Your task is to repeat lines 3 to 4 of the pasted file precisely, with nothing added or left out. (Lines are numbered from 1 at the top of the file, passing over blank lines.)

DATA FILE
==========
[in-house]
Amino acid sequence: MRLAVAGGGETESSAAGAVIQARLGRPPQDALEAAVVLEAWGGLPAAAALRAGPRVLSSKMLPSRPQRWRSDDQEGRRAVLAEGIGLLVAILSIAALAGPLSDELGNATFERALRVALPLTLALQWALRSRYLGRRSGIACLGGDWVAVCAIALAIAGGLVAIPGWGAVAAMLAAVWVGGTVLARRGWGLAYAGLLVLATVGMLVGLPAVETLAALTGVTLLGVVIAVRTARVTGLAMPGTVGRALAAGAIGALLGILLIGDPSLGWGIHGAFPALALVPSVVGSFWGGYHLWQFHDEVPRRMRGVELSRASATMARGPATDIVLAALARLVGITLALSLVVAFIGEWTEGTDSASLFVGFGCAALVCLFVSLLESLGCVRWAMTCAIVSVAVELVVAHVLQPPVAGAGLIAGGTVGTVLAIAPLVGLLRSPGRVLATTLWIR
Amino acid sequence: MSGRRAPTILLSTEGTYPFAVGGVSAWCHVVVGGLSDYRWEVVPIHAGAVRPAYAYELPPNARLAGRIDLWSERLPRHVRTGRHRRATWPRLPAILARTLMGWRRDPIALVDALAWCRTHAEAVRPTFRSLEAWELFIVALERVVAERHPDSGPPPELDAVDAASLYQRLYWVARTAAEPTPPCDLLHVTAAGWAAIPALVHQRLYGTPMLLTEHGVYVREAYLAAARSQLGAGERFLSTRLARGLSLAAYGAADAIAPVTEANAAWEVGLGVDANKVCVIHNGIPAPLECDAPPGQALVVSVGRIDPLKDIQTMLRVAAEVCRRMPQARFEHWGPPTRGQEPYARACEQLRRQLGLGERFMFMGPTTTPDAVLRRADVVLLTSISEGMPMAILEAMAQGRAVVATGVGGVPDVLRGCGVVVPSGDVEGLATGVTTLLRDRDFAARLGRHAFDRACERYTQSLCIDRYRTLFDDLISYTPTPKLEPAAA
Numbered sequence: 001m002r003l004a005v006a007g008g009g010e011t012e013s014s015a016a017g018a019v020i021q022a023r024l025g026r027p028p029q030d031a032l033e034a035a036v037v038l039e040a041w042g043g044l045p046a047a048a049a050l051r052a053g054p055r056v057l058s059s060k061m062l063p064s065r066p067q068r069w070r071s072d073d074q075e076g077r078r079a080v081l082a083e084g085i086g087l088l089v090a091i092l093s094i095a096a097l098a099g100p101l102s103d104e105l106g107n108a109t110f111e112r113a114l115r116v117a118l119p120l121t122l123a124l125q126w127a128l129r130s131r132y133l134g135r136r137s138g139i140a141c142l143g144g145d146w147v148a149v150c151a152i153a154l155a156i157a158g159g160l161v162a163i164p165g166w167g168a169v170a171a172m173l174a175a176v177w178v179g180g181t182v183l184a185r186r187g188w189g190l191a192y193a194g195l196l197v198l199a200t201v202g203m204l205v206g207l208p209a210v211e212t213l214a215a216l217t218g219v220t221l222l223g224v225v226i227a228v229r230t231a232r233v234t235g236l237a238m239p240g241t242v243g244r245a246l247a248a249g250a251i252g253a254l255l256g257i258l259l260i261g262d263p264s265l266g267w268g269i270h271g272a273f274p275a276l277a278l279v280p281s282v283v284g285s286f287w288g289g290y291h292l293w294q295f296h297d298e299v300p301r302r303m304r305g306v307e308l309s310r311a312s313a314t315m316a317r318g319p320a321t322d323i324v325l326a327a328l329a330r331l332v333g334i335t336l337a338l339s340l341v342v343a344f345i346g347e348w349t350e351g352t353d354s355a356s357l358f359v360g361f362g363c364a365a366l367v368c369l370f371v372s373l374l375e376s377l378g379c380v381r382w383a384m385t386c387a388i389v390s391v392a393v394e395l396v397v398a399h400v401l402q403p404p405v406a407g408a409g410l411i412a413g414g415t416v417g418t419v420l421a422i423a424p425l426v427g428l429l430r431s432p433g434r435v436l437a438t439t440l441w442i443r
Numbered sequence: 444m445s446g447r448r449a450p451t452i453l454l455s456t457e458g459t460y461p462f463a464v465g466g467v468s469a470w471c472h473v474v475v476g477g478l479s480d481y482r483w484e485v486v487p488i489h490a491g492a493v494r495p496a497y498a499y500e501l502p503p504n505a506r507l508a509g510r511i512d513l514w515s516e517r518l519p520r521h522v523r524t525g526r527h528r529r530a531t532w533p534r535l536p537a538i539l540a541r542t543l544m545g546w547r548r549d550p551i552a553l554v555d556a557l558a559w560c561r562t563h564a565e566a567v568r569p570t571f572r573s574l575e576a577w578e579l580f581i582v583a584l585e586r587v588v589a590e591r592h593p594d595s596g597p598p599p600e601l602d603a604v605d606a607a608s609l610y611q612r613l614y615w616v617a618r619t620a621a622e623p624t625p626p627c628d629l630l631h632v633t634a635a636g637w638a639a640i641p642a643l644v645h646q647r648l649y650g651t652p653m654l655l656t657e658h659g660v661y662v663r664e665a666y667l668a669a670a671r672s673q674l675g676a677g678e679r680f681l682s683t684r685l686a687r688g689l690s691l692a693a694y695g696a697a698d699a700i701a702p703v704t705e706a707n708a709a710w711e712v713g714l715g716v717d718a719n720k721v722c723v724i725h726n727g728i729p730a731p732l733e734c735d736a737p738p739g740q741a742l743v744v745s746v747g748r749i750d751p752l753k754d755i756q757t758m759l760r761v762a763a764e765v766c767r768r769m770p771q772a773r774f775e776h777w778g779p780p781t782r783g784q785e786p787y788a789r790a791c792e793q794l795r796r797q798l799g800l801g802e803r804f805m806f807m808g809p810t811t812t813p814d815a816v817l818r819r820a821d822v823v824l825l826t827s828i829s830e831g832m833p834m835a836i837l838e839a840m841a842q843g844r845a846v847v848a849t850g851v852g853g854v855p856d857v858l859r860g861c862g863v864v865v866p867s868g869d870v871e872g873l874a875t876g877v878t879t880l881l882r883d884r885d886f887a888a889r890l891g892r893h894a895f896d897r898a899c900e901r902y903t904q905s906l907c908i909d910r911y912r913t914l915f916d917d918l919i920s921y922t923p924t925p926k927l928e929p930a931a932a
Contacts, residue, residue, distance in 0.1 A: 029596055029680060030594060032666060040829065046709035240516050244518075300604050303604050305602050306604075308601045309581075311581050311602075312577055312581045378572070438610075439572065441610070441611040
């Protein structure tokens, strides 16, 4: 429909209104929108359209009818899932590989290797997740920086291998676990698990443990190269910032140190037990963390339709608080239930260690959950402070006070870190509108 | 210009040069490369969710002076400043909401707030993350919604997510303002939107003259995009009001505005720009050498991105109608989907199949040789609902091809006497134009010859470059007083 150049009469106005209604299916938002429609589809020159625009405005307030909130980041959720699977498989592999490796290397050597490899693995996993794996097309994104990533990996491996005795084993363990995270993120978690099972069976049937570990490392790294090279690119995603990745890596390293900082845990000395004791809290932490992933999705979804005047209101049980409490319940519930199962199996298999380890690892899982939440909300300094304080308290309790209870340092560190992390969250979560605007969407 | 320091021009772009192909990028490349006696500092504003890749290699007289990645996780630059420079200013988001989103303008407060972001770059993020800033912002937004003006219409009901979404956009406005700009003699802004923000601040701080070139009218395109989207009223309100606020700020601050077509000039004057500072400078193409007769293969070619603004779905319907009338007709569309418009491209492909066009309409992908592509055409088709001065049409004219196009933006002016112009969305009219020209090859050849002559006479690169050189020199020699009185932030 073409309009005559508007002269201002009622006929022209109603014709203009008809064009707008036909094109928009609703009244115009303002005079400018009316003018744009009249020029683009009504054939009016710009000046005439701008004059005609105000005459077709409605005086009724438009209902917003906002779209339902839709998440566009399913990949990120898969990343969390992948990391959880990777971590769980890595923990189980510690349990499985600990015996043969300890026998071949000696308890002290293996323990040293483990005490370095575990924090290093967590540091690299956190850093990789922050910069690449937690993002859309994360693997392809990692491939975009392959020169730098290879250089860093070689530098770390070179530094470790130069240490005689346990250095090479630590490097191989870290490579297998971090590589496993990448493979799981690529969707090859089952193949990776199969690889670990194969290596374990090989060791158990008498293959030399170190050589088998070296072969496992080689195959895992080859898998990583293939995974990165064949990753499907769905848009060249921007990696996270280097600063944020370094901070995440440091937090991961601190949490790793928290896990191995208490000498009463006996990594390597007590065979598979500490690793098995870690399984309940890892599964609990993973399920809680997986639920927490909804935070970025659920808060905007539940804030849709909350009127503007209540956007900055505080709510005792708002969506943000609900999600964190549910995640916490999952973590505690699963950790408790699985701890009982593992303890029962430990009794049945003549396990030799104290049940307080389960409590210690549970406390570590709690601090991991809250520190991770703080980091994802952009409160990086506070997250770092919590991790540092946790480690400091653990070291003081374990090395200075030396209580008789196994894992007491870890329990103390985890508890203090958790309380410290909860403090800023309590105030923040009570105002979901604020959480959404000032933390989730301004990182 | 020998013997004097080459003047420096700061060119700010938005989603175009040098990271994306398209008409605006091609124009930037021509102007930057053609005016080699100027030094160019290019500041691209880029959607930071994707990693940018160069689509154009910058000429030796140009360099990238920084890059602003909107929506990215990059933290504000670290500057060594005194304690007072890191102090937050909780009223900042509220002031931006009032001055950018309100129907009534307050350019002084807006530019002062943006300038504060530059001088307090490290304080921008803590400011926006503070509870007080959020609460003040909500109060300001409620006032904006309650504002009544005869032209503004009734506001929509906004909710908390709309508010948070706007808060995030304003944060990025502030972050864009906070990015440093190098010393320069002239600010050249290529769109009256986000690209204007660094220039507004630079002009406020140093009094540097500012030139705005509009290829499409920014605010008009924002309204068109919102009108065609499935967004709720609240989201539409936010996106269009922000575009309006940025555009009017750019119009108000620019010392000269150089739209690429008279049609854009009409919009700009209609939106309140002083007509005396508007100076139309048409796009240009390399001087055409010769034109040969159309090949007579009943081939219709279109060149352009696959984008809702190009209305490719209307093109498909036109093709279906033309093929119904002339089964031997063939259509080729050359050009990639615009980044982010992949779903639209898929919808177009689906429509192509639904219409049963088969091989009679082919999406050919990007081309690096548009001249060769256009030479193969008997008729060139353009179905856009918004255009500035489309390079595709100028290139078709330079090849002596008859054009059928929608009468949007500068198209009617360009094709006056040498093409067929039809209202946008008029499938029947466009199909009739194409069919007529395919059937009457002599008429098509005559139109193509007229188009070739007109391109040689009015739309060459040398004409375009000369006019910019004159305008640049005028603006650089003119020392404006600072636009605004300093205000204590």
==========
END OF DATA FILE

Amino acid sequence: MSGRRAPTILLSTEGTYPFAVGGVSAWCHVVVGGLSDYRWEVVPIHAGAVRPAYAYELPPNARLAGRIDLWSERLPRHVRTGRHRRATWPRLPAILARTLMGWRRDPIALVDALAWCRTHAEAVRPTFRSLEAWELFIVALERVVAERHPDSGPPPELDAVDAASLYQRLYWVARTAAEPTPPCDLLHVTAAGWAAIPALVHQRLYGTPMLLTEHGVYVREAYLAAARSQLGAGERFLSTRLARGLSLAAYGAADAIAPVTEANAAWEVGLGVDANKVCVIHNGIPAPLECDAPPGQALVVSVGRIDPLKDIQTMLRVAAEVCRRMPQARFEHWGPPTRGQEPYARACEQLRRQLGLGERFMFMGPTTTPDAVLRRADVVLLTSISEGMPMAILEAMAQGRAVVATGVGGVPDVLRGCGVVVPSGDVEGLATGVTTLLRDRDFAARLGRHAFDRACERYTQSLCIDRYRTLFDDLISYTPTPKLEPAAA
Numbered sequence: 001m002r003l004a005v006a007g008g009g010e011t012e013s014s015a016a017g018a019v020i021q022a023r024l025g026r027p028p029q030d031a032l033e034a035a036v037v038l039e040a041w042g043g044l045p046a047a048a049a050l051r052a053g054p055r056v057l058s059s060k061m062l063p064s065r066p067q068r069w070r071s072d073d074q075e076g077r078r079a080v081l082a083e084g085i086g087l088l089v090a091i092l093s094i095a096a097l098a099g100p101l102s103d104e105l106g107n108a109t110f111e112r113a114l115r116v117a118l119p120l121t122l123a124l125q126w127a128l129r130s131r132y133l134g135r136r137s138g139i140a141c142l143g144g145d146w147v148a149v150c151a152i153a154l155a156i157a158g159g160l161v162a163i164p165g166w167g168a169v170a171a172m173l174a175a176v177w178v179g180g181t182v183l184a185r186r187g188w189g190l191a192y193a194g195l196l197v198l199a200t201v202g203m204l205v206g207l208p209a210v211e212t213l214a215a216l217t218g219v220t221l222l223g224v225v226i227a228v229r230t231a232r233v234t235g236l237a238m239p240g241t242v243g244r245a246l247a248a249g250a251i252g253a254l255l256g257i258l259l260i261g262d263p264s265l266g267w268g269i270h271g272a273f274p275a276l277a278l279v280p281s282v283v284g285s286f287w288g289g290y291h292l293w294q295f296h297d298e299v300p301r302r303m304r305g306v307e308l309s310r311a312s313a314t315m316a317r318g319p320a321t322d323i324v325l326a327a328l329a330r331l332v333g334i335t336l337a338l339s340l341v342v343a344f345i346g347e348w349t350e351g352t353d354s355a356s357l358f359v360g361f362g363c364a365a366l367v368c369l370f371v372s373l374l375e376s377l378g379c380v381r382w383a384m385t386c387a388i389v390s391v392a393v394e395l396v397v398a399h400v401l402q403p404p405v406a407g408a409g410l411i412a413g414g415t416v417g418t419v420l421a422i423a424p425l426v427g428l429l430r431s432p433g434r435v436l437a438t439t440l441w442i443r